Clinical excellence— My unit treats 100 cases a year, which has given staff valuable practical knowledge. In the 1990s clinical trial used to approve IL-2, 4% of patients died from side effects. Today at my hospital only two of the last 600 patients have died. Furthermore, the response rate today is nearly double what it was in the 1990s; my oncologist, David McDermott, says the principal difference is that we’ve improved our ability to select likely responders.
I could go on, but the pattern is clear: there are many types of clinical value in the modern medical centre. Yet the institution isn’t the only source of value. These system factors are valuable, too.
Access to the service—In my American case it was insurance coverage; while uninsured I’d postponed the appointment. But in any case if there’s no access to a service, potential value goes unharvested. (Economically, the system is inefficient.)
Access to top notch information—In my case, this was first through access to a top medical centre, but as we’ll see in a moment, that’s not the only path.
Choice of provider—I chose to be treated at a great medical centre, even though it’s an hour from home. To get there I have to drive past a dozen closer hospitals; only one offers IL-2 (and it has far fewer cases). Being allowed to get care there was clearly valuable to me, and it let my providers exercise the competence they’d developed.
My being engaged and informed created value, too
Consider the following, which are neither provider skills nor system issues, yet are clearly valuable.
Taking action to get checked—My cancer was discovered because I got a check-up, on general principle.
Planning ahead—Knowing that my leg might fracture, I asked what we should do if it happened. This led to a plan that worked: the fracture happened at 5 30 am, and I was in hospital by 10 am, in a methodical, non-dramatic fashion.
Being informed about choosing providers—Years earlier a relative, an intensive care nurse, had shared her sadness that some patients arrive at her tertiary centre too late to save. That’s what led me to connect to an academic centre long before my crisis. In a real sense, she saved my life by giving me that information, and I saved my life by acting on it.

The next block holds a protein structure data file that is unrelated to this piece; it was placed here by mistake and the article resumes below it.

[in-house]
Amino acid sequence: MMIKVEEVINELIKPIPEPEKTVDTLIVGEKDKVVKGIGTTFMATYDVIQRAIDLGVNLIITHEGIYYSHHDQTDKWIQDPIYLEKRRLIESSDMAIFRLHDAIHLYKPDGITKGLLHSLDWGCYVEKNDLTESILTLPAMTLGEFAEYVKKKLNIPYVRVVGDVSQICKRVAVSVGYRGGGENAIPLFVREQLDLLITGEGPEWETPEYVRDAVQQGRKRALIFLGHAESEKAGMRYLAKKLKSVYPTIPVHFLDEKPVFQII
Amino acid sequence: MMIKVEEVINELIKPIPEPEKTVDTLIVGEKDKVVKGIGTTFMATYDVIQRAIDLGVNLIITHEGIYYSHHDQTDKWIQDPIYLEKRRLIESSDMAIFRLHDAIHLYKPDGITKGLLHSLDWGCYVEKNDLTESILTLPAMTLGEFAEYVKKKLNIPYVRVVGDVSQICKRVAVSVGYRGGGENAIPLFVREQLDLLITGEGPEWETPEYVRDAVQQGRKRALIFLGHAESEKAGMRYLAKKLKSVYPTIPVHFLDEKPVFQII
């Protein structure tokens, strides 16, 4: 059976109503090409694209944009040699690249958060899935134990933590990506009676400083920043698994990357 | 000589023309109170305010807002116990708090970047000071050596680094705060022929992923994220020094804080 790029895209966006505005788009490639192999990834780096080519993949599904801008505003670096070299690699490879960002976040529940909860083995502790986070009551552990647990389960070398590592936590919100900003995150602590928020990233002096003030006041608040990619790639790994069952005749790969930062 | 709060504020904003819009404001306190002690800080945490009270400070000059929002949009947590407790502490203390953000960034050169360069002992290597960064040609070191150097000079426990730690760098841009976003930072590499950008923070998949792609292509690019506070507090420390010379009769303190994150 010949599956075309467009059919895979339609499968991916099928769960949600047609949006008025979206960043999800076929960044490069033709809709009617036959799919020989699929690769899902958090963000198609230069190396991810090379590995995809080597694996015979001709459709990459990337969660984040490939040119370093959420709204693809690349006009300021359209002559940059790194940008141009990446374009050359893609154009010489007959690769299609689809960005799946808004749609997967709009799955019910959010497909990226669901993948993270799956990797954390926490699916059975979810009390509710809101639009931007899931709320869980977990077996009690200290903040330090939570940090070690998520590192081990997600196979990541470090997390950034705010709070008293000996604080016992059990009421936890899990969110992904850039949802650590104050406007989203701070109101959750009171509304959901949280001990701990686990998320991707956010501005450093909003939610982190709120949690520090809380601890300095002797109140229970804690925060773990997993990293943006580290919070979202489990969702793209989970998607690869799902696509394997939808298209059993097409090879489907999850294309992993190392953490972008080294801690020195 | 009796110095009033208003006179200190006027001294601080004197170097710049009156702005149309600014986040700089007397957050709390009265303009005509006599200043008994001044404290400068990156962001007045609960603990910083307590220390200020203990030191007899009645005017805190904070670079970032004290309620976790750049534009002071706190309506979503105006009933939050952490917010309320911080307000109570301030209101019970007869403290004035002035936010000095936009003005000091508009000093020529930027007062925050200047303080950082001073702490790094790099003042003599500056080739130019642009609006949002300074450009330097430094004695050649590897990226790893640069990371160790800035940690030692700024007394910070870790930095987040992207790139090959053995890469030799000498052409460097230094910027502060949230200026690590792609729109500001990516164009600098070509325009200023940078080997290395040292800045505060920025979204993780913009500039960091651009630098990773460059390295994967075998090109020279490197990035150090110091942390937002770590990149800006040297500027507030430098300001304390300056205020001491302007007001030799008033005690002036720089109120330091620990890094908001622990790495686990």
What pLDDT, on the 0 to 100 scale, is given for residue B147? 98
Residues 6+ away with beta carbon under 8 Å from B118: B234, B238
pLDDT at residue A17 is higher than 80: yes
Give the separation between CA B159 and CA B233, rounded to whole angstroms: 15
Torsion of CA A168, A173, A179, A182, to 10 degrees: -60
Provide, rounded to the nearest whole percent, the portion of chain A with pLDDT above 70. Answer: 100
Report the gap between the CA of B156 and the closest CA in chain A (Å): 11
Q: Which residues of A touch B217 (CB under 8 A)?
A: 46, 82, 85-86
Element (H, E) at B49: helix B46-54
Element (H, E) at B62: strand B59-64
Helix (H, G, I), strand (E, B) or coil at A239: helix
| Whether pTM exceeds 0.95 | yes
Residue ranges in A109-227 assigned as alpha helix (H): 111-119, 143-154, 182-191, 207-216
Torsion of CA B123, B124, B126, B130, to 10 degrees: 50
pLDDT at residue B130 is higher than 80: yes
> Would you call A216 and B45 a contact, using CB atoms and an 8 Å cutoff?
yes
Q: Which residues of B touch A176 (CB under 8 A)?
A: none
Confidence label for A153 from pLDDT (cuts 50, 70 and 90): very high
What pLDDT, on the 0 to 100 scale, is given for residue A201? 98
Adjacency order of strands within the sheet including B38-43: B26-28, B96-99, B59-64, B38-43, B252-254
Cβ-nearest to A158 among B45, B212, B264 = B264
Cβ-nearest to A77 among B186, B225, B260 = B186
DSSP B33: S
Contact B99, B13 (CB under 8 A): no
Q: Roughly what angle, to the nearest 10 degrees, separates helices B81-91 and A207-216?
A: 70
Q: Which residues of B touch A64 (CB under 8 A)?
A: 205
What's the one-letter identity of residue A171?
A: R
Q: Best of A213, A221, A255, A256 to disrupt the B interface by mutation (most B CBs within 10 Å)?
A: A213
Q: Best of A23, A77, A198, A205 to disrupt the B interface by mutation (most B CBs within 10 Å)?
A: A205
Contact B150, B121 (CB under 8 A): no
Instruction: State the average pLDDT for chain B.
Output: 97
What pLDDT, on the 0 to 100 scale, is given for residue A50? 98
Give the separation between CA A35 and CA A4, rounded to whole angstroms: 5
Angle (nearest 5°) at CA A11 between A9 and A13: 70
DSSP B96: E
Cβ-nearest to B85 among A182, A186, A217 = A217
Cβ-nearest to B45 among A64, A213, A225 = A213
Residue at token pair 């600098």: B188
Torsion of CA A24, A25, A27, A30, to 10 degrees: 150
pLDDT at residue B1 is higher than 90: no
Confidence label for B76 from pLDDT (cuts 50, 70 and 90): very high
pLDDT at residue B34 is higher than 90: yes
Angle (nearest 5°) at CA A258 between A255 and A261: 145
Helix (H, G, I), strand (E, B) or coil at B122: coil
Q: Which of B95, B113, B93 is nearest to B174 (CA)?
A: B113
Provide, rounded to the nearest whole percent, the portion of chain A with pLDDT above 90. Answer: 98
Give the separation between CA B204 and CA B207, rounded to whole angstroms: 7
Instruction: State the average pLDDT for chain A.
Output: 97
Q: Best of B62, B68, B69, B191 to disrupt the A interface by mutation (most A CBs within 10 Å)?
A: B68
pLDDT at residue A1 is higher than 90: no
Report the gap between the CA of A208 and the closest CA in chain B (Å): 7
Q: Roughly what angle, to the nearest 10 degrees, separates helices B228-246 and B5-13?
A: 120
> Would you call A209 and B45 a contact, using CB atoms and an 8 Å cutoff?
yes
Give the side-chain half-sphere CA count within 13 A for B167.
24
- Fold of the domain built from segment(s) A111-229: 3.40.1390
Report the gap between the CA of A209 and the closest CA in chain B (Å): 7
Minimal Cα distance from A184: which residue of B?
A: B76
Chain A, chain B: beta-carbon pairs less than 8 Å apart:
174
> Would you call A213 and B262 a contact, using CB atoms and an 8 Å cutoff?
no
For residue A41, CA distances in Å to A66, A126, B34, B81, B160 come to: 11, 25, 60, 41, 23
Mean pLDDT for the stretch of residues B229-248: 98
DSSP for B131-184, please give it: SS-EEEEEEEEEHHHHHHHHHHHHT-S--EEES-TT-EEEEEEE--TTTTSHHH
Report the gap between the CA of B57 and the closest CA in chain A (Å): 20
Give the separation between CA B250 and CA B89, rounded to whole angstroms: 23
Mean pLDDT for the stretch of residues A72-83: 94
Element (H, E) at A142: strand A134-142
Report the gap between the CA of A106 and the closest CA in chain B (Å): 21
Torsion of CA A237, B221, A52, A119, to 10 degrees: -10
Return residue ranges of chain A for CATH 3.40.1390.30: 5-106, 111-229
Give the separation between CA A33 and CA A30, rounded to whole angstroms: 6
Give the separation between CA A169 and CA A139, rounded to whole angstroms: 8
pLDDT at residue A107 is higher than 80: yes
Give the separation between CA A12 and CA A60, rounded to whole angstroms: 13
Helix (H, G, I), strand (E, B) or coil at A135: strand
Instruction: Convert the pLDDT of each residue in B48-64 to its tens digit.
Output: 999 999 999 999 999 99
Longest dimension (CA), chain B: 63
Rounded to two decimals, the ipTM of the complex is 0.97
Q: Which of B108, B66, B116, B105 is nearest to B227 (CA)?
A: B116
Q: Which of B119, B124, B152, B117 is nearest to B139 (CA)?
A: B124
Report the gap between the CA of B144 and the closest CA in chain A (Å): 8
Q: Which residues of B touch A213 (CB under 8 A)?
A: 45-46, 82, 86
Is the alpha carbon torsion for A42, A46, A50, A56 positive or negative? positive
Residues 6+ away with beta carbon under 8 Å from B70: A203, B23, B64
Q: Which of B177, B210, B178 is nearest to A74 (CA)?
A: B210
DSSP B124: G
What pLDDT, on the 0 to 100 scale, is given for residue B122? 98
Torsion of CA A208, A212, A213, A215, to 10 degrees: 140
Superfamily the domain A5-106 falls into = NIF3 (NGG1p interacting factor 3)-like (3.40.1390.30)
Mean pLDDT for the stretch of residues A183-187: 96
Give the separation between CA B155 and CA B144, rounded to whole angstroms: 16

And then consider these other factors that are outside the medical establishment. My online patient community has better information than most hospitals. ACOR.org is a network of simple plain-text listservs for patients with various cancers. One of its best is for renal cell carcinoma, and as soon as my diagnosis was confirmed, my primary physician (Danny Sands) said, “You’re an online kind of guy, Dave—you might like to join this group.” Within two hours of posting my first message, I got facts and practical advice that to this day don’t exist in any journal article or establishment website.
As a responsible engaged patient, I constantly check with my clinicians. Dr McDermott has verified that the information is accurate. If peer review is the only true path to reliability, how could a patient community have better facts?
Some medical websites I consulted said 7% of IL-2 patients respond; the clinical trial, published in the National Comprehensive Cancer Database,4 said 14% respond and 4% die. ACOR told me response had risen to 15%; my hospital said it was up to 20%, with only rare deaths. That’s a massive difference compared with the official “facts.” How can this be?